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Corals may be tougher than we thought, but the heat's still on


Corals may be able to roll with the punches of climate change better than initially thought in coming decades, but need rising temperatures to slow to have a fighting chance.

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That’s the finding of new Queensland-led research, published on Monday and based on an analysis of 95 trait measurements across 19 species of reef-building corals from previous studies.

The authors determined corals, which have suffered widespread bleaching events in Australia this century, can pass down abilities to survive under environmental stresses such as rising temperatures through their genes.

“We found their ability to pass on adaptive traits is maintained despite increasing temperatures,” said lead author Kevin Bairos-Novak, a PhD candidate at James Cook University’s Coral Centre of Excellence.

“In particular, corals that are better than average at survival, growth and resisting bleaching stress under future ocean conditions should be good at passing those advantages on to their offspring.”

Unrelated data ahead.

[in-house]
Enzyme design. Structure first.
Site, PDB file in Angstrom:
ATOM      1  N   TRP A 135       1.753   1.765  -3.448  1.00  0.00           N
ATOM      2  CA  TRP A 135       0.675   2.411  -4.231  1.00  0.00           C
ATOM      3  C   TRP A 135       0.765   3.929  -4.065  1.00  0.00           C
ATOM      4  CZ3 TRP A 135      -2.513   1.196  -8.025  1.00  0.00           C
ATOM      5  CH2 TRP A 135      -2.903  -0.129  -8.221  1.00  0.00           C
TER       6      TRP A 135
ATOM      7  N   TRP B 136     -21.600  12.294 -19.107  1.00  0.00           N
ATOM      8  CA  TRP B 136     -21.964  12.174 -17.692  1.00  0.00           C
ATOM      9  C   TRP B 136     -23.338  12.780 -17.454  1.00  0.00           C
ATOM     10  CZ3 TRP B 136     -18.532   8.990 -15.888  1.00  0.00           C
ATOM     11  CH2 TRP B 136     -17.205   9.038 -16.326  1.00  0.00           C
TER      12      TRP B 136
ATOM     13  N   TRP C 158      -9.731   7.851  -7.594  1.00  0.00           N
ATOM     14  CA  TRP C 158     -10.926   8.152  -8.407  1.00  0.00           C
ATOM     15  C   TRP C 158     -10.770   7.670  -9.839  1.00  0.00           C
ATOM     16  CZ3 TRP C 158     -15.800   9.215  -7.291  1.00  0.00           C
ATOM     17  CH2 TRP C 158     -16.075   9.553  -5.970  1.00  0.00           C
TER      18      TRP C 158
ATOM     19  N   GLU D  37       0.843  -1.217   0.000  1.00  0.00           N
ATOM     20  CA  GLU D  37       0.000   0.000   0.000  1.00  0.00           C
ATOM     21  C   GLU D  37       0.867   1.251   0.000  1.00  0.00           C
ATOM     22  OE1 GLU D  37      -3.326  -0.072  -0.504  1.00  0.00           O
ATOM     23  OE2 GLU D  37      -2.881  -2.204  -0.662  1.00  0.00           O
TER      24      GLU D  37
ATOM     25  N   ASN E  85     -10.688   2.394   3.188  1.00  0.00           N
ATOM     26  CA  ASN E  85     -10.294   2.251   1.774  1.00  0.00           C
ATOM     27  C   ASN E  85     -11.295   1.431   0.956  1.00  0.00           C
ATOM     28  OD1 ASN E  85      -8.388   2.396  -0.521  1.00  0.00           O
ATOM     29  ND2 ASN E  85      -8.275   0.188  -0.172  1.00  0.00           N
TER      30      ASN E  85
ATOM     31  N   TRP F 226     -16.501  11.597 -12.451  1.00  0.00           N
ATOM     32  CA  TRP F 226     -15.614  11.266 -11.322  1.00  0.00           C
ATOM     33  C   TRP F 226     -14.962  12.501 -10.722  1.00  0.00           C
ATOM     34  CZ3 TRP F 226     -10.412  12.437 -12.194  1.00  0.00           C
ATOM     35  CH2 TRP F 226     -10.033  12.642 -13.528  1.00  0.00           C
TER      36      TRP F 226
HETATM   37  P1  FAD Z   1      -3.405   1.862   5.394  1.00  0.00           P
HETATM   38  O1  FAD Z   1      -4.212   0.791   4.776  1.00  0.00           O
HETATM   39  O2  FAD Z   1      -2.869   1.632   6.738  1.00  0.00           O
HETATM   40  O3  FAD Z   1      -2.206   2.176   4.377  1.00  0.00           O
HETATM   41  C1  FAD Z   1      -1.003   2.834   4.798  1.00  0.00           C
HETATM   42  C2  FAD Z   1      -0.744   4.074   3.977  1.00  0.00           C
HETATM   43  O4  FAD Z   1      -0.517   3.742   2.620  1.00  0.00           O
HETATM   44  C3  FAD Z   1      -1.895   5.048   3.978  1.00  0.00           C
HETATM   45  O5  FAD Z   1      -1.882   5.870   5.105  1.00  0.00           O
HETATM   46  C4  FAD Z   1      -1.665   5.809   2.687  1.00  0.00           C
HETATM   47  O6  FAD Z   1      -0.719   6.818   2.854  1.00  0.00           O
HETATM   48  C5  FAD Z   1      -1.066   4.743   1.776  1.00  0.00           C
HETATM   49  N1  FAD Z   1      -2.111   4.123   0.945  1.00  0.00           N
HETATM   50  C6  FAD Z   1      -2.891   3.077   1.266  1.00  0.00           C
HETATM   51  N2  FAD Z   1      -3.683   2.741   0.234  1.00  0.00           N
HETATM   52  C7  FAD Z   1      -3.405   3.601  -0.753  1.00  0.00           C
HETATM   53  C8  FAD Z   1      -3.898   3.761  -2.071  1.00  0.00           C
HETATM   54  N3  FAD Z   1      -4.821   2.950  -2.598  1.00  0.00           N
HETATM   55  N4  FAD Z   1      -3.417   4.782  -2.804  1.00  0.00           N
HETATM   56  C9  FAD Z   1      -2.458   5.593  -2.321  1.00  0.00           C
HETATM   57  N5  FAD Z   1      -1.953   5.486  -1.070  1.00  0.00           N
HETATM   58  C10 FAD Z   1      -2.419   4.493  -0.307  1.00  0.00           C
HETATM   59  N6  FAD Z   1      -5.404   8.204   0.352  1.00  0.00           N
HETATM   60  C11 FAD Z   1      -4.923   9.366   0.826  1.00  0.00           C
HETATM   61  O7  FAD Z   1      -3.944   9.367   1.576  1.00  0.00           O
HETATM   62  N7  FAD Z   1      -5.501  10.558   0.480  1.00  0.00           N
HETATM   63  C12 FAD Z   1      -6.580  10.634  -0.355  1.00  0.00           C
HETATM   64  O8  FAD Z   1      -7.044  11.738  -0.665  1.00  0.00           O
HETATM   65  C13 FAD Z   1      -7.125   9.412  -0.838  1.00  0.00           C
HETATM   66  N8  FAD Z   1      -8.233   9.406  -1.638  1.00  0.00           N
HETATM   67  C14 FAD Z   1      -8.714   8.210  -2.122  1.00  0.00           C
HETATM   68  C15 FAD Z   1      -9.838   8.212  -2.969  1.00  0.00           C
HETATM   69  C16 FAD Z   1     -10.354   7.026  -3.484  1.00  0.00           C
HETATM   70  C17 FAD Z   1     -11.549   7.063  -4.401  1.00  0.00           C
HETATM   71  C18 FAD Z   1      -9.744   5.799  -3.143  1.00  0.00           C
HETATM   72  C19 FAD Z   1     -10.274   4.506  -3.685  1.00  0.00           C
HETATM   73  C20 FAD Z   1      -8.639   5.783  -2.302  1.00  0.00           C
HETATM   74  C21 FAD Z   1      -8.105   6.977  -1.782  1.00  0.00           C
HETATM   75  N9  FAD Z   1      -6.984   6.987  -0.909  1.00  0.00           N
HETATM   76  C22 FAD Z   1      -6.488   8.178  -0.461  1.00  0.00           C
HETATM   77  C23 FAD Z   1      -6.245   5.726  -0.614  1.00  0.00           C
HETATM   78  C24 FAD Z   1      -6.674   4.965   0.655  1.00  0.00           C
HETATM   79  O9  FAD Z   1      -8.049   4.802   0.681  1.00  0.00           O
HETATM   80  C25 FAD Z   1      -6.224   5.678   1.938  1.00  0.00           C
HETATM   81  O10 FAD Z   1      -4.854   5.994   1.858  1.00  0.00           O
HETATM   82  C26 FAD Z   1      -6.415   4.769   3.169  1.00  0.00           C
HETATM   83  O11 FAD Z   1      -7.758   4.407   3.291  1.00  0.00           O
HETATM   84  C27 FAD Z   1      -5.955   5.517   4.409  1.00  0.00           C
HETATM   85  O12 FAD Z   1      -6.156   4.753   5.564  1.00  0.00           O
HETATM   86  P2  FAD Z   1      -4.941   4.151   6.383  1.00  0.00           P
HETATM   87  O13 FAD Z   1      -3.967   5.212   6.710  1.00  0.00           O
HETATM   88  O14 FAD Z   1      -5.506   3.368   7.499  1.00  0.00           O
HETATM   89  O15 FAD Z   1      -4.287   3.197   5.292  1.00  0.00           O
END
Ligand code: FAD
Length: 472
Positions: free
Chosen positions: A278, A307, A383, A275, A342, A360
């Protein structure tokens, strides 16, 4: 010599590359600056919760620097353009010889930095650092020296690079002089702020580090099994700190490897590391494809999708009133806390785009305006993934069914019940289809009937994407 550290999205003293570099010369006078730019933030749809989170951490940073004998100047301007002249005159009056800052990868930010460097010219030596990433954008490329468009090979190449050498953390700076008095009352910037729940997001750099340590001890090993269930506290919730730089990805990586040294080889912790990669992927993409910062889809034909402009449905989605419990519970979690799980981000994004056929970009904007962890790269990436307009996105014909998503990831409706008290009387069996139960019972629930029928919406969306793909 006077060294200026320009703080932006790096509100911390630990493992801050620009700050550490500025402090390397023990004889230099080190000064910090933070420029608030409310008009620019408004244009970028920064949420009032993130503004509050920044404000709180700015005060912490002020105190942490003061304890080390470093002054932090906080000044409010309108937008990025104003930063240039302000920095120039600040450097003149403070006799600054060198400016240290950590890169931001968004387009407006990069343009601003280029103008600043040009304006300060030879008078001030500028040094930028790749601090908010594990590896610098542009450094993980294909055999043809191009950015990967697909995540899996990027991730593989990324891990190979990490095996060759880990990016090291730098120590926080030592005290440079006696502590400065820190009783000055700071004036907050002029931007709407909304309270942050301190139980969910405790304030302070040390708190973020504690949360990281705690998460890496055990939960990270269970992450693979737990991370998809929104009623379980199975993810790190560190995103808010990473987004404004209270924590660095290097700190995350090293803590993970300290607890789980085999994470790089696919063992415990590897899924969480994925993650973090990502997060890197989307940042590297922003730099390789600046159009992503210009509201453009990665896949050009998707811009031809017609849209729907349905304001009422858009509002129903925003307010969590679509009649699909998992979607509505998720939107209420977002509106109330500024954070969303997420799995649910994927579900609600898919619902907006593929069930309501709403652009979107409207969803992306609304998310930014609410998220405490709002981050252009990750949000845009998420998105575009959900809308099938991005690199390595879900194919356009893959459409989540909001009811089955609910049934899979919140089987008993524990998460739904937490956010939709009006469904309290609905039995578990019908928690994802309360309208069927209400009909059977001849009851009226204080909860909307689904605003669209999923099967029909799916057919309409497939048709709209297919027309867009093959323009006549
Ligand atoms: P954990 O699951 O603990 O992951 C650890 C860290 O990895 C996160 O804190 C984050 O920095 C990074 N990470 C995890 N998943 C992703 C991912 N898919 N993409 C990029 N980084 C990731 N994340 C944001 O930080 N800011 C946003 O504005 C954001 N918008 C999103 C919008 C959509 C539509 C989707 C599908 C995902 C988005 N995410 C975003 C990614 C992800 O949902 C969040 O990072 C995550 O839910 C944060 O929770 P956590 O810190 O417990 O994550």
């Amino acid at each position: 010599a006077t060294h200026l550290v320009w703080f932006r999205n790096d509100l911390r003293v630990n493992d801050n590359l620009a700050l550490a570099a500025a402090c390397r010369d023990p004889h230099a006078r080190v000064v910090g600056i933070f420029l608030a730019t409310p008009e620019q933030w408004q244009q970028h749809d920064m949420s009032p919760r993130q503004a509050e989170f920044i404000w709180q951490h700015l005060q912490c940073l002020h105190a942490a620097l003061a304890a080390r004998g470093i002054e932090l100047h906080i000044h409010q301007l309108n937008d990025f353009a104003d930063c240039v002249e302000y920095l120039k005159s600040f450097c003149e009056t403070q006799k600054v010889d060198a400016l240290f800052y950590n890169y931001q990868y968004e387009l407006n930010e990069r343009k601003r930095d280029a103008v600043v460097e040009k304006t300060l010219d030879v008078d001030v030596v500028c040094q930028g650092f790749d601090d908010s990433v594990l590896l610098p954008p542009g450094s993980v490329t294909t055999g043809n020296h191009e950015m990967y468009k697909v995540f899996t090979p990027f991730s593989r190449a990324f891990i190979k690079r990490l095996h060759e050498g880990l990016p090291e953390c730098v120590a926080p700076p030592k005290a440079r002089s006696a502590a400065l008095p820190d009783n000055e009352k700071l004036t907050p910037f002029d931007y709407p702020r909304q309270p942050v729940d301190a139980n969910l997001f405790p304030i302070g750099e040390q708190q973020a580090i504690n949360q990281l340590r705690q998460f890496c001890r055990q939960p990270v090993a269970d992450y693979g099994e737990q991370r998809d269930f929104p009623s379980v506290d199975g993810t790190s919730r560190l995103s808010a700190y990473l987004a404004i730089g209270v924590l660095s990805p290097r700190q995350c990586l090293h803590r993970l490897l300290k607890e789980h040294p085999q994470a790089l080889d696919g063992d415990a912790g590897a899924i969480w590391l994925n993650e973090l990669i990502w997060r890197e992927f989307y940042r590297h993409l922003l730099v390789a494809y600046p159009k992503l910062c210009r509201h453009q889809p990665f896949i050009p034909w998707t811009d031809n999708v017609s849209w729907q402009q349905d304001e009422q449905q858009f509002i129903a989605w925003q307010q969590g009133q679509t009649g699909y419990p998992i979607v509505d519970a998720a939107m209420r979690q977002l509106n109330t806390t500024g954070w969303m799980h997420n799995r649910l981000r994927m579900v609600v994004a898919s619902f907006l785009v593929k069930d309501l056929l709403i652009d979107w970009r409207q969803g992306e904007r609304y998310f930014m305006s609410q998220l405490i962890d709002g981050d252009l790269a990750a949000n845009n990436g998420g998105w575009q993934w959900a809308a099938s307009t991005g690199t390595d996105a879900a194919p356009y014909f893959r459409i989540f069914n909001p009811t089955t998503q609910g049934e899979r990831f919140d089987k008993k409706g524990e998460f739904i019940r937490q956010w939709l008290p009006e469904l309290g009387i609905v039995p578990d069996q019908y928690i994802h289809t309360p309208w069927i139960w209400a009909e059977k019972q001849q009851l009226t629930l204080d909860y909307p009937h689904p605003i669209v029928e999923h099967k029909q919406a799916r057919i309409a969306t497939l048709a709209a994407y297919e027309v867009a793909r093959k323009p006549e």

But the corals won’t be able to make the most of these innate abilities unless current rates of global warming are cut.

Associate Professor Mia Hoogenboom, also from the Coral CoE at JCU, said current rates of climate change are moving “too fast for coral adaptation to keep up”.

Her fellow co-author Sean Connolly explained evolution needs time to generate new variation in coral traits, including temperature tolerance.

“If we can curb climate change, and stabilise temperatures, many coral species will have a shot at adapting to warmer temperatures,” said Professor Connolly of the Panama-based Smithsonian Tropical Research Institute.

The fossil record shows rapid environmental change can lead to very high rates of extinction, Bairos-Novak said.

“However, our findings show that corals are fighters,” he added.

“They are good at passing beneficial traits onto the next generation and the next – helping them cope with the stresses they face. This is what may help them navigate the next few decades better than we previously thought.”

It comes after the Great Barrier Reef – the world’s largest coral reef system – was left off a World Heritage site “in danger” list in July after a UNESCO committee agreed to delay any decision.

Federal politicians lobbied against the proposal, fearing it would hurt the image of the natural wonder and tourism jewel.

Instead, UNESCO gave Australia until February 2022 to upgrade its protection of the reef before making a ruling next year.

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